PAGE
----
Voldemort, now there is a classic villain. He wants power, but he has seized the methods by which to insure his success himself (horcruxes). His minions are just that minions, and in each instance it is his methodology that he puts forward. Not simply his desire world domination, power, or magical cleansing. Truly it is his nemesis that is important to speak of here because he has two. That’s right you heard me two. Harry Potter of course being the first, but Dumbledore is the second and original nemesis. They are in many capacities equal in power if not knowledge. The power base shifts Dumbledore holds power and knowledge as advantages initially, and then knowledge is his only visible advantage later on. Harry becomes Voldemort’s nemesis as a baby and doesn’t have power or knowledge until much later. Yet what Harry lacks in knowledge he makes up for in determination a determination that matches Voldemort’s, and is fueled by revenge. This is important. There must usually be something that is in balance between the villain and the hero. Balance for Harry and Voldemort is determination but for Dumbledore and Voldemort its sheer magical power.
As for villains that in my opinion really are rather worthless we have all run into them. They are forgettable, worthless, and don’t stand out except for the moment we encounter them perplexed as to ‘and why isn’t this idiot defeated yet?’. Villains are the worlds-your world’s most memorable individuals, with the exception of your heroes. When you ask someone for a worthless villain, lame villain, stupid villain they think for a moment because they have to remember him/her unless the villain has become hated for the fact that they are just that horrible at their job. I have a few that make me mad and I will name them.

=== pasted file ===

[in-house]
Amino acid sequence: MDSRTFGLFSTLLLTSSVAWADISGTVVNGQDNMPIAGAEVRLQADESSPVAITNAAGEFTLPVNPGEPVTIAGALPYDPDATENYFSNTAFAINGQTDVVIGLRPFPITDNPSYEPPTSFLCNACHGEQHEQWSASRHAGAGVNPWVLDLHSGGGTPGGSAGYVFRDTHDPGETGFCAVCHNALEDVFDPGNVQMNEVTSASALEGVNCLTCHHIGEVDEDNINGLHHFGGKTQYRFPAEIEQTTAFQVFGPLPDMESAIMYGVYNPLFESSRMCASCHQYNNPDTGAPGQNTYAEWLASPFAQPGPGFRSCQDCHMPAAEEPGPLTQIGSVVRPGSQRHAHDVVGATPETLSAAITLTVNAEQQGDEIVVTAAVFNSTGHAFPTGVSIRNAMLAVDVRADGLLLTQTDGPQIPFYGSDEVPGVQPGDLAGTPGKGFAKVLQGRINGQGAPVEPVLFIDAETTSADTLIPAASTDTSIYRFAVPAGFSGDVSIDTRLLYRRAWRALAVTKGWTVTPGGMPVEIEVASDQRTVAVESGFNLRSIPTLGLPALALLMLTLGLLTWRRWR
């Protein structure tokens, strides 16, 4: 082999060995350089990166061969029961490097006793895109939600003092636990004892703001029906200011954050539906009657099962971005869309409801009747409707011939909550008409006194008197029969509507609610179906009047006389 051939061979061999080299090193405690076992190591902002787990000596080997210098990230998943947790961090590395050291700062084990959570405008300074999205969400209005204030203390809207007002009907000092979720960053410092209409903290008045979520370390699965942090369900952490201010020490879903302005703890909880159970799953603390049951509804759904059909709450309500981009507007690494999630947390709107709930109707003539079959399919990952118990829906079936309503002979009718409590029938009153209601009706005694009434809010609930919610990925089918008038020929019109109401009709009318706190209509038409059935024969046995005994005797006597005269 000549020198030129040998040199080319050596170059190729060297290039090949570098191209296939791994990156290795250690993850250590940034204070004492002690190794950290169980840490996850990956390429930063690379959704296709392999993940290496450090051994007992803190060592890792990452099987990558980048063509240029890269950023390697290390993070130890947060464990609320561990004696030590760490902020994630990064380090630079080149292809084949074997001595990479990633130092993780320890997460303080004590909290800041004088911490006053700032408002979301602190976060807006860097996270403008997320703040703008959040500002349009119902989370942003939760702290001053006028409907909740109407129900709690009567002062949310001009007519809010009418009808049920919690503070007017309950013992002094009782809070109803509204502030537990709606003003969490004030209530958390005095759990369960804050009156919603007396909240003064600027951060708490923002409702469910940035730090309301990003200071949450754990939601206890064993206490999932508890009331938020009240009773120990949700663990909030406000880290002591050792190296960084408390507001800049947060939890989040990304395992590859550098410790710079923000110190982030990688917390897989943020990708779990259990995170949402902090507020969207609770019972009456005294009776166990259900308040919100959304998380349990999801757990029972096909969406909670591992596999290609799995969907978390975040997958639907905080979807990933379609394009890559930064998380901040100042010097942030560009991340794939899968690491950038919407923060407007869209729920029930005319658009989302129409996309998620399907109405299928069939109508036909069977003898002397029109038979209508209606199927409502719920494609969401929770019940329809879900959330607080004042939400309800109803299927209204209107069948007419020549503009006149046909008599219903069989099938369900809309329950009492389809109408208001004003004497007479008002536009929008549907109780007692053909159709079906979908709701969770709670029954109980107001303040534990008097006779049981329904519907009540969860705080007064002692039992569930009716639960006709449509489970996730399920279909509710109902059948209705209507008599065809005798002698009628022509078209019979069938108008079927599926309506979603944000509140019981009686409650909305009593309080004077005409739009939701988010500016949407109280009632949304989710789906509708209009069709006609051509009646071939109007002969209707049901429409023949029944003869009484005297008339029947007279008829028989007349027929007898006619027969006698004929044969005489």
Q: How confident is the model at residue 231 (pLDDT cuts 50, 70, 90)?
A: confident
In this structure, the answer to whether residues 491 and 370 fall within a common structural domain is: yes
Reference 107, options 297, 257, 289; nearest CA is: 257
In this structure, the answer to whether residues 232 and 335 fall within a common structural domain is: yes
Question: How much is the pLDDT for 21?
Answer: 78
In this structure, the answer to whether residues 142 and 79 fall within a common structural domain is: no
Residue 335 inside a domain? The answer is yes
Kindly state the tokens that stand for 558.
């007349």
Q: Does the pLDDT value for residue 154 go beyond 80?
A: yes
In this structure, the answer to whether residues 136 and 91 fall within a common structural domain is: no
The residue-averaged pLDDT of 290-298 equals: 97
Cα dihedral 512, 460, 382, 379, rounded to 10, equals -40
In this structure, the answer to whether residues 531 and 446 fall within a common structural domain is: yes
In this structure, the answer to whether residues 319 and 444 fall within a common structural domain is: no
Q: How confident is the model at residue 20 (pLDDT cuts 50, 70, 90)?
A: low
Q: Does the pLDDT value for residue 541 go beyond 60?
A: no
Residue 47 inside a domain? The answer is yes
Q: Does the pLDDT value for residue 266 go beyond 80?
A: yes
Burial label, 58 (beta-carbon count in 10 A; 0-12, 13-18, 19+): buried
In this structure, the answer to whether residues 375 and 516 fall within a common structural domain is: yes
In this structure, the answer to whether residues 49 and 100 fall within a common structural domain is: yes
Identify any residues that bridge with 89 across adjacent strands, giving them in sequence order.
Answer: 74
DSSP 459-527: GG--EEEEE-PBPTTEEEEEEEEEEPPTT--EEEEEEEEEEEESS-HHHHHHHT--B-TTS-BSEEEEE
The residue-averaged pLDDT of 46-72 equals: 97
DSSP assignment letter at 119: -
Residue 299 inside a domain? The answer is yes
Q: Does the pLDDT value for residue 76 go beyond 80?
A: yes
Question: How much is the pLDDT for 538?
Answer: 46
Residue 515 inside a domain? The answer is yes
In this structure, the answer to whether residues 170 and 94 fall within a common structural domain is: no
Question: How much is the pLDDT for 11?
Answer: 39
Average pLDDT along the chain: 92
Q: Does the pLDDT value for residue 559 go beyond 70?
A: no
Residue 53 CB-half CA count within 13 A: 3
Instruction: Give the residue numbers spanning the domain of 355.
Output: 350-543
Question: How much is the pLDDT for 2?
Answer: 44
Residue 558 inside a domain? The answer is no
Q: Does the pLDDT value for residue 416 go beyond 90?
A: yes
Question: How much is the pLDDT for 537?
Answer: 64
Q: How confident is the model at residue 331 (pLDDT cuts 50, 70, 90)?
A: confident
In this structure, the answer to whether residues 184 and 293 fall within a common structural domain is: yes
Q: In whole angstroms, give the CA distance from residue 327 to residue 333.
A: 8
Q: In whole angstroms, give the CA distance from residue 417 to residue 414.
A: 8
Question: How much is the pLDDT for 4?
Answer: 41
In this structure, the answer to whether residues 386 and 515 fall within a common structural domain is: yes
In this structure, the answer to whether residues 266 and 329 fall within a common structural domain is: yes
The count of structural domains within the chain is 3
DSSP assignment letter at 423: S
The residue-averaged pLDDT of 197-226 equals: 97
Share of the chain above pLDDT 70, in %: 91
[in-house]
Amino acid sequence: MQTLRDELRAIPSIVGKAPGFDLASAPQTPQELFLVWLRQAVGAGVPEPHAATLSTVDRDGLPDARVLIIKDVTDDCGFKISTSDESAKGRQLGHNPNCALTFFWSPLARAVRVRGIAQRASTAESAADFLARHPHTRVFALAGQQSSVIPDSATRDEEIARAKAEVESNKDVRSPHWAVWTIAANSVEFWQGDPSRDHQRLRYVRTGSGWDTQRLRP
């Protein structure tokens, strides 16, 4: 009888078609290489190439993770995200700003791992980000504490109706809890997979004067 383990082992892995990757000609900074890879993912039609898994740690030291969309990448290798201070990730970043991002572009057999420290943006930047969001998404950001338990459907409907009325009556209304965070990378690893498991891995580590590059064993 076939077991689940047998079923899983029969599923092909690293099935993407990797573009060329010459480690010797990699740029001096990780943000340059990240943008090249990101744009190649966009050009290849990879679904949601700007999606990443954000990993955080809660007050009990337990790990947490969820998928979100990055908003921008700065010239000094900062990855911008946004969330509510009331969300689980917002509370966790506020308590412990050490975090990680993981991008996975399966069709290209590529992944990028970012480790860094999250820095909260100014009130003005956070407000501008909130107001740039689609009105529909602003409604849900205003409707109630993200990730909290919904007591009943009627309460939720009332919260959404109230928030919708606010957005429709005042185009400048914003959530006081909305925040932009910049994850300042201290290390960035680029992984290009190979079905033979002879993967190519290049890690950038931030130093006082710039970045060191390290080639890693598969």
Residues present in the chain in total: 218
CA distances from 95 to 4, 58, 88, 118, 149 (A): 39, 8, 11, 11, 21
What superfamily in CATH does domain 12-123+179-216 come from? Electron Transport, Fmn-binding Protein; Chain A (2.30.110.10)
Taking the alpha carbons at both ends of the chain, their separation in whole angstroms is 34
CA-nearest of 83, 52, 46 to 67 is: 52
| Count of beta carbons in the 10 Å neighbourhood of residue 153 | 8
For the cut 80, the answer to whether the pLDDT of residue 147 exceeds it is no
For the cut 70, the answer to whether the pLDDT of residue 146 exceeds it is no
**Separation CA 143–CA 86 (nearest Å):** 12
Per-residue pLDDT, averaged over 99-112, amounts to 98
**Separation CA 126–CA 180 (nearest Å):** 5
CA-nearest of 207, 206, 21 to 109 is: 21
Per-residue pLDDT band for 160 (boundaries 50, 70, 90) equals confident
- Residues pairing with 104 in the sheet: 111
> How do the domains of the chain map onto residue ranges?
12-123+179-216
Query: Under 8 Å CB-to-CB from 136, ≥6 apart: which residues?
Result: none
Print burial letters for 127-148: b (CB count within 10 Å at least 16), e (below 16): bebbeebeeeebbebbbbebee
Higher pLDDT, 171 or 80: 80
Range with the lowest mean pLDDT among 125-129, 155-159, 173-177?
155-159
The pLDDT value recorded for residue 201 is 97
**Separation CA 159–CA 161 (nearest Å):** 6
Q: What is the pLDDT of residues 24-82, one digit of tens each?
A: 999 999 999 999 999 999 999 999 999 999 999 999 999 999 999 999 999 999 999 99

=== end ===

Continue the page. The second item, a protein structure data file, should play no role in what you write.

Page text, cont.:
Jareth from the film Labyrinth. He poses no threat to Sara. The only thing he hangs over her head is turning her brother into a goblin, and he sends “the cleaners” after her after she escapes from the oubliette. Hs minions are worse than he is. Most people remember him for the music added by the actor, who did a wonderful job with a character that could have been much better.
There is another type of villain, villains that deserve mention but are forgotten because the heroes they fight are worthless. Often times we are frustrated with them and then ignore the story because the hero is somehow unworthy of the victory because the author lets them win. It’s the same response when you play a game and someone let’s you win, the satisfaction of winning loses its luster, feeling hollow. Gargamel from The Smurfs, Purple Pie man from Strawberry Shortcake, and Hook from Peter Pan (Disney Version).